# [Haskell-cafe] Testing for statistical properties

Gregory Crosswhite gcross at phys.washington.edu
Fri Jan 8 14:47:15 EST 2010

```Thanks!  I had reached the same conclusion, so I am glad to see that you already wrote code to do this for me.  :-)  There is a bug in the version that you posted, though:  you missed one of the terms in the u < 0.755 case, so the c2 constant goes completely unused.  Here is my modified version of your function + bug fix, with some stylistic tweaks:

computeKolmogorovProbability :: Double -> Double
computeKolmogorovProbability z
| u < 0.2
= 1
| u < 0.755
= 1 - w * (exp(c1/v)+exp(c2/v)+exp(c3/v))/u
| u < 6.8116
= 2 * sum [ sign * exp(coef*v)
| (sign,coef) <- take (1 `max` round (3/u)) coefs
]
| otherwise
= 0
where
u = abs z
v = u*u
w = 2.50662827
c1 = -pi**2/8
c2 = 9*c1
c3 = 25*c1
coefs = [(1,-2),(-1,-8),(1,-18),(-1,-32)]

Cheers,
Greg

On Jan 8, 2010, at 2:59 AM, Tom Nielsen wrote:

> Hi Greg,
>
> Assuming this is a one-dimensional distribtution, you should use a
> kolmogorov-smirnov test to test this:
>
> http://en.wikipedia.org/wiki/Kolmogorov-Smirnov_test
>
> I've implemented to the KS distribution from the CERN code linked in
> the wikipedia article, here:
>
> http://github.com/glutamate/samfun/blob/master/Math/Probably/KS.hs
>
> (warning, i wasn't able to verify the numbers coming out against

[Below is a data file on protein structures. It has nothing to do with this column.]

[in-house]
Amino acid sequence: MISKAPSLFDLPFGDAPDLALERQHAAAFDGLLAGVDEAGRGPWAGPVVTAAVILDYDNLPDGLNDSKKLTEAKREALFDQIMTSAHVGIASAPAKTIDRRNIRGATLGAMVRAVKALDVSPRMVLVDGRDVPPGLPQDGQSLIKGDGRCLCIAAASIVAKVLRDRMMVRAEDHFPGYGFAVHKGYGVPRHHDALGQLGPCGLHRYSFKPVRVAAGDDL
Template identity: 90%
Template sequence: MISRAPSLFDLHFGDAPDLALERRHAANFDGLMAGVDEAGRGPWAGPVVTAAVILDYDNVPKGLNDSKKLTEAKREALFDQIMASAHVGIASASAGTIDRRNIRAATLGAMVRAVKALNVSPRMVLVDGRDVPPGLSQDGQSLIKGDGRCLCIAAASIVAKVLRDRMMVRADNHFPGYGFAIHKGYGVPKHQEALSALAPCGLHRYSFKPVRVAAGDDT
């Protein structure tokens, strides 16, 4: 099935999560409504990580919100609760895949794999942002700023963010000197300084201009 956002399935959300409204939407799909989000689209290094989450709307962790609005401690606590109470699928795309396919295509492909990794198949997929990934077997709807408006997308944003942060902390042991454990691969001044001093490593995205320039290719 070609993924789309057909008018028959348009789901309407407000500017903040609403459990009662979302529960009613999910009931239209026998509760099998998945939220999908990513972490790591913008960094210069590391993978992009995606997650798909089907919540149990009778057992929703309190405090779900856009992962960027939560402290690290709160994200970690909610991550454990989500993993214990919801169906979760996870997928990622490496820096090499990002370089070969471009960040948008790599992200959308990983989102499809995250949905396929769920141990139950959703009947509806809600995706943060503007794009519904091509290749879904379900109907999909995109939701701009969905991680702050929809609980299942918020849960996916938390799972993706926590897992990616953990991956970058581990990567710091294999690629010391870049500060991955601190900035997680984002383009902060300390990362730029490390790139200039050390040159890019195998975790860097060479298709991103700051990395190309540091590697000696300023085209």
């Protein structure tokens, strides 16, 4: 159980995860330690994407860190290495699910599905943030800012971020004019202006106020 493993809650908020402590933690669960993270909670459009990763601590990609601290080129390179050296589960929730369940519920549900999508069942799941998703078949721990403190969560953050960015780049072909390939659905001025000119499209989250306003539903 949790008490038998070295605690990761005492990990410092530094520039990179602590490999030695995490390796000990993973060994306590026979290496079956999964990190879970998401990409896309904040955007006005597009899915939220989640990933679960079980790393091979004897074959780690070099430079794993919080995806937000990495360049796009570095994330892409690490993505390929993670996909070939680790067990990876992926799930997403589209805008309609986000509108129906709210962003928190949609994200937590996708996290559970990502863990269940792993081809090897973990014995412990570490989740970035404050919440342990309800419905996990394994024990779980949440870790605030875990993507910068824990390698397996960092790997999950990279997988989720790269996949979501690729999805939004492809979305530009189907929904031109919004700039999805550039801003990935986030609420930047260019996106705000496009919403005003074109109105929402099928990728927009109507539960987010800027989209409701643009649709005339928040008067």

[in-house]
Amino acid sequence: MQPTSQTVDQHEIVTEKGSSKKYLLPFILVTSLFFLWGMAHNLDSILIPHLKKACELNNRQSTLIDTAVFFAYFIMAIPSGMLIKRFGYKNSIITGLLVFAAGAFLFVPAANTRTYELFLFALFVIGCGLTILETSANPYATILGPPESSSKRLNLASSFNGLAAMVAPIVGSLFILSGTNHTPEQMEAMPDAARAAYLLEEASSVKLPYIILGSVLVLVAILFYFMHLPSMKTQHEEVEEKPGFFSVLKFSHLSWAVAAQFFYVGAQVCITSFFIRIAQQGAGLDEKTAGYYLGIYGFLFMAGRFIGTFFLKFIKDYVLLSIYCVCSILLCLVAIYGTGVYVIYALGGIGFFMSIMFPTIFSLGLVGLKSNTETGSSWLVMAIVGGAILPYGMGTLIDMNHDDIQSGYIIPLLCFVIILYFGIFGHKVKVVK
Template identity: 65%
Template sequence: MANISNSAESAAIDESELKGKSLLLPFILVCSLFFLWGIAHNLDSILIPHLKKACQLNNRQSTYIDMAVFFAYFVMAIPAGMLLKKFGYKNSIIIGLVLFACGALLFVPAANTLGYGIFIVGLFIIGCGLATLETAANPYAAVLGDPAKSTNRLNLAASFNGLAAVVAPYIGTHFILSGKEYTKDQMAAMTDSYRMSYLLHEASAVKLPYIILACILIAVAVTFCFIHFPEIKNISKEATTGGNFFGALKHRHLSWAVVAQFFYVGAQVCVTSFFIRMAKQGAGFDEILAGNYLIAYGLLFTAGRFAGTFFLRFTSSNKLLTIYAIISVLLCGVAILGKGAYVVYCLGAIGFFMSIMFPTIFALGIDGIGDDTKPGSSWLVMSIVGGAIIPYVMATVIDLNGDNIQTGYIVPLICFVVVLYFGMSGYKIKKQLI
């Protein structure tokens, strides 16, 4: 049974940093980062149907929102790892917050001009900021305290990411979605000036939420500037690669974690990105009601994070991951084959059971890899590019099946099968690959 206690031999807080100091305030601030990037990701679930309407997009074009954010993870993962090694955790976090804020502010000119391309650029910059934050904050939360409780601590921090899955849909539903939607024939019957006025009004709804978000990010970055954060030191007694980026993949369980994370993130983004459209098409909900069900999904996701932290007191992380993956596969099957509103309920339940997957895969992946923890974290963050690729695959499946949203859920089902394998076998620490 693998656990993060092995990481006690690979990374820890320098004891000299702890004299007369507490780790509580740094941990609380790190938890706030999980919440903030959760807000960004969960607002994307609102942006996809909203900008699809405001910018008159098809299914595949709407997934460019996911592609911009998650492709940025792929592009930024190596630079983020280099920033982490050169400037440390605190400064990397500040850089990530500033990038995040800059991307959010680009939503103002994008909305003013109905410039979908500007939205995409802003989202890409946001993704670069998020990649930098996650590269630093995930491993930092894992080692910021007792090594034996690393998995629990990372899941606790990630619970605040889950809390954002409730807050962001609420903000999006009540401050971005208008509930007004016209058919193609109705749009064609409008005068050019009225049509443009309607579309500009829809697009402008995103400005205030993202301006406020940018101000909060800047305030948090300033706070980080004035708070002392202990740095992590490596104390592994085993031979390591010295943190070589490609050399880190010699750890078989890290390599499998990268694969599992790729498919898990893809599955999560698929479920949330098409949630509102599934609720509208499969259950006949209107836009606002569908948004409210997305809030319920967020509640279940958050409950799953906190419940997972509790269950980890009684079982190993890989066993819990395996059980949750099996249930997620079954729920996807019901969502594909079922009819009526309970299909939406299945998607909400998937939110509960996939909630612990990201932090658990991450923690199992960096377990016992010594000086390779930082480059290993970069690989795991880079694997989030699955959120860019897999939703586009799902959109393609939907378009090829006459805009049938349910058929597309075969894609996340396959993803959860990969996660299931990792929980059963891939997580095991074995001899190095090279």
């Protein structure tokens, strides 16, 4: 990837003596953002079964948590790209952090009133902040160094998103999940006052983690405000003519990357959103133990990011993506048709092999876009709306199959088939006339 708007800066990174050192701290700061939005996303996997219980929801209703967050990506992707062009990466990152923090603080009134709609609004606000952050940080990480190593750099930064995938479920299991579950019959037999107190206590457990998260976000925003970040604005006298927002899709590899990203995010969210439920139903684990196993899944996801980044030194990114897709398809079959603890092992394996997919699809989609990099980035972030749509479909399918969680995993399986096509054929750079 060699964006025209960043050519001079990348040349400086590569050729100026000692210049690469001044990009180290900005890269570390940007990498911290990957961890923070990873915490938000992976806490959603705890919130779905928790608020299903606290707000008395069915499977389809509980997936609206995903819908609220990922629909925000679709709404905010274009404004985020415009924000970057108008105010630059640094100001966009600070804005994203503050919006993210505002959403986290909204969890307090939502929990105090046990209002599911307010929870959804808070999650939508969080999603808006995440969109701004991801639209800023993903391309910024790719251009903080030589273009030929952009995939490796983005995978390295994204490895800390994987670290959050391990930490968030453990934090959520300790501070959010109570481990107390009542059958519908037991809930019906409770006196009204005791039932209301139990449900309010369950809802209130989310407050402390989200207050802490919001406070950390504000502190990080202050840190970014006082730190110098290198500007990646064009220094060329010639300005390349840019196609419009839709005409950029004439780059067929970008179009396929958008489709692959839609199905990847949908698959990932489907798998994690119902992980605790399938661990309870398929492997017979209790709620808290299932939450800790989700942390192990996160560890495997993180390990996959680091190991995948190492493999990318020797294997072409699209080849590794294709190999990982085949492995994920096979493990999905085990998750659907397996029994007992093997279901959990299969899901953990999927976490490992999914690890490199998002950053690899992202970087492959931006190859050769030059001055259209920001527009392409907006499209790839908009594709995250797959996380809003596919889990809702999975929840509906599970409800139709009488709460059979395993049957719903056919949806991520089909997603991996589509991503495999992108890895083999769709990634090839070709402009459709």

> anything so just check that it makes sense)
>
> So all you have to do is to find the maximal distance between your
> samples and the cumulative density function, multiply by the sqrt. of
> of the number of samples, and calculate kprob on that.
>
> I don't think you can do this in a Bayesian way because you can't
> enumerate all the other distributions your samples could come from?
>
> Tom
>
> On Thu, Jan 7, 2010 at 9:31 PM, Gregory Crosswhite
> <gcross at phys.washington.edu> wrote:
>> Hey everyone!  I have some computations that satisfy statistical properties which I would like to test --- that is, the result of the computation is non-deterministic, but I want to check that it is sampling the distribution that it should be sampling.  Is anyone aware of a Haskell library out there that does anything like this?
>>
>> Cheers,
>> Greg
>>
>> _______________________________________________